The last thing you want is to leave the impression that you’re running a company that doesn’t care about how their employees are treating each other amongst themselves. The only thing worse than that would be getting sued because a person in a position of power within the company was abusing his or her authority to treat people poorly and unprofessionally.

4. Document Employee Performance

Promoting employees, firing them, and everything in between needs to be done based on clear criteria. By documenting employee performance, you’ll be able to prove you’ve based the decision on the way they have worked, treated others, and what they’ve done in their position. This information will make sure that the decision is not only documented but will also help ensure that there are no misunderstandings on either side of this interaction. It’s not improbable that someone will try to take legal action if they’re not happy with a decision like this.

They may try to claim that another person was promoted over them due to some form of discrimination, or that they were fired without just cause. A good way to ensure you’ve protected the company is to simply have everything in writing. That way, you’ll be able to prove that the decision was made based on facts and that it was well thought out, instead of being arbitrary.

5. Employee Rights

You need to be aware of employees’ rights, and take steps to ensure you’re not infringing upon any of them.

  • Employers are required by law to provide employees with breaks during the day for rest, eating lunch, and other needs. For every five consecutive hours your employees work, they’re entitled to a 30-minute unpaid break.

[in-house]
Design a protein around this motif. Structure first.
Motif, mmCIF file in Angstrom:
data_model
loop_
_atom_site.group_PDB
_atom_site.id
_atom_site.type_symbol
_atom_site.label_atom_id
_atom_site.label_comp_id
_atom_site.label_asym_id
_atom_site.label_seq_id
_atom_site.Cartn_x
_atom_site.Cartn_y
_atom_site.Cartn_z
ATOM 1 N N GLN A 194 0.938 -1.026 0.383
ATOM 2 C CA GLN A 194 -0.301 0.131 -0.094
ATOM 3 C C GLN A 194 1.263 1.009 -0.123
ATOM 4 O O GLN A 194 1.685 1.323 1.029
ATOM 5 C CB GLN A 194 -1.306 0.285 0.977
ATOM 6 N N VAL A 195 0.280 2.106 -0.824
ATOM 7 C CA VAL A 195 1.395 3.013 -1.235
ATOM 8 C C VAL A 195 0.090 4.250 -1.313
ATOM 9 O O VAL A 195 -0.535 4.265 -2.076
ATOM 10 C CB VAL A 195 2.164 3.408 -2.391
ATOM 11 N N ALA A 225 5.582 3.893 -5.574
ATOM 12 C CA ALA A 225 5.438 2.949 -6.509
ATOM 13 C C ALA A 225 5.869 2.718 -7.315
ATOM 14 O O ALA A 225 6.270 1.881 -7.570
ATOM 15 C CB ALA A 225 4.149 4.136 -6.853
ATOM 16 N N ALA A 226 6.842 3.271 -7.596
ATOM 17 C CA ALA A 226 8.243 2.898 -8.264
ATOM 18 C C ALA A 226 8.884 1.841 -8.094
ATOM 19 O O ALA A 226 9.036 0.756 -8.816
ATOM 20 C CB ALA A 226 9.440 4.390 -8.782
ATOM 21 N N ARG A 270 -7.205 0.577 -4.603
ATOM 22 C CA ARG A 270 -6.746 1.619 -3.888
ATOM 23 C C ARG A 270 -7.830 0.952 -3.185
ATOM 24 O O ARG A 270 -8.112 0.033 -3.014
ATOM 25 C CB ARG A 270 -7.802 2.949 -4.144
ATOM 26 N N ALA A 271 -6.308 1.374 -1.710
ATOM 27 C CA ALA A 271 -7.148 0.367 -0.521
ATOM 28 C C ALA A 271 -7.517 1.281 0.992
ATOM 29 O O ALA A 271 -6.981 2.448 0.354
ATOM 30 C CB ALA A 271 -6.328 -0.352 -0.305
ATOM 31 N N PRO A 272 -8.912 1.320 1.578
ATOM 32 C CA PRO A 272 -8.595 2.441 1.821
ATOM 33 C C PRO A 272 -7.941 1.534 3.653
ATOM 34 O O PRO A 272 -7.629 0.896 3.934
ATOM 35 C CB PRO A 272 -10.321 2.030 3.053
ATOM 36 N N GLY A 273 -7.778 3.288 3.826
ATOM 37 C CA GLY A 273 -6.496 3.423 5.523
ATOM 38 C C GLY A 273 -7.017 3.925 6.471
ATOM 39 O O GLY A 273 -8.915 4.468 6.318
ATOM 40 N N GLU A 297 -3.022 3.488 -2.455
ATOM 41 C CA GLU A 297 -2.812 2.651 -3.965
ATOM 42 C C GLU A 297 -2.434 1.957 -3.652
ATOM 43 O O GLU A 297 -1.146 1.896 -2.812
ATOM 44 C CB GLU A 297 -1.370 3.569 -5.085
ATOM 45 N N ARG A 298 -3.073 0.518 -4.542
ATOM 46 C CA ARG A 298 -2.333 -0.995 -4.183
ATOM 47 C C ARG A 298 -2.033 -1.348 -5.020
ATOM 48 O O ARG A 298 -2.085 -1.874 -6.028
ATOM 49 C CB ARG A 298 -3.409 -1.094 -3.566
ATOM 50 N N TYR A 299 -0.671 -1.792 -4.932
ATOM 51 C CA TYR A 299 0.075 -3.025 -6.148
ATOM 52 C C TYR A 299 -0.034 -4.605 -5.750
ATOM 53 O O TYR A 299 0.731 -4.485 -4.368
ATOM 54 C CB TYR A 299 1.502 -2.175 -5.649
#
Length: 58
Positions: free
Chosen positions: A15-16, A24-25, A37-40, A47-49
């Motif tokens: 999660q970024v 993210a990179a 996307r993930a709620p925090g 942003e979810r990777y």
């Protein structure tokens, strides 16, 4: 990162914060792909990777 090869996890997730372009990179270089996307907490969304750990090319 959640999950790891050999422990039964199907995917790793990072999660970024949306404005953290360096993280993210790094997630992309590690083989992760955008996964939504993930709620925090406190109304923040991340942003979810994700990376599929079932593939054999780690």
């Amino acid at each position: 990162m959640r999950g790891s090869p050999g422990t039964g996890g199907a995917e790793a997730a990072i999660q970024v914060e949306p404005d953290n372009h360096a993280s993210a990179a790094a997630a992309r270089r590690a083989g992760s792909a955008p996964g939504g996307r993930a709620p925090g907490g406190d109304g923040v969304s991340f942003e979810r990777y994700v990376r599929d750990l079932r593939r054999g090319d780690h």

• Working overtime is not uncommon in most work environments. But employees are required to be paid at least one and a half times their regular hourly rate for every hour they’re scheduled to work after eight hours in a day. Or 40 hours in a week.
  • When it comes to paid leave, an employer must provide paid vacation leave, paid holidays, and sick leave. This means that for every three months of employment, the employee is entitled to a day’s worth of paid vacation time. That increases slightly after five years until they are entitled to two days per month worked up to ten years.

While these are only some of the rights – and they will vary depending on your state’s laws. They are the ones that are often being violated by employers. Other forms of discrimination, abuse, and harassment are also common lawsuit topics. So it’s best to stay away from any decision that could even look like you’re being unfair.

How to Prevent Legal Issues in the Workplace

When setting policies and rules in place, make decisions that influence your employees in a big way. Or making public statements, it’s important that you always talk with your legal team beforehand. By doing everything you can to prevent legal issues. You’ll be able to prevent a lot of unnecessary problems and focus on making your company even more successful.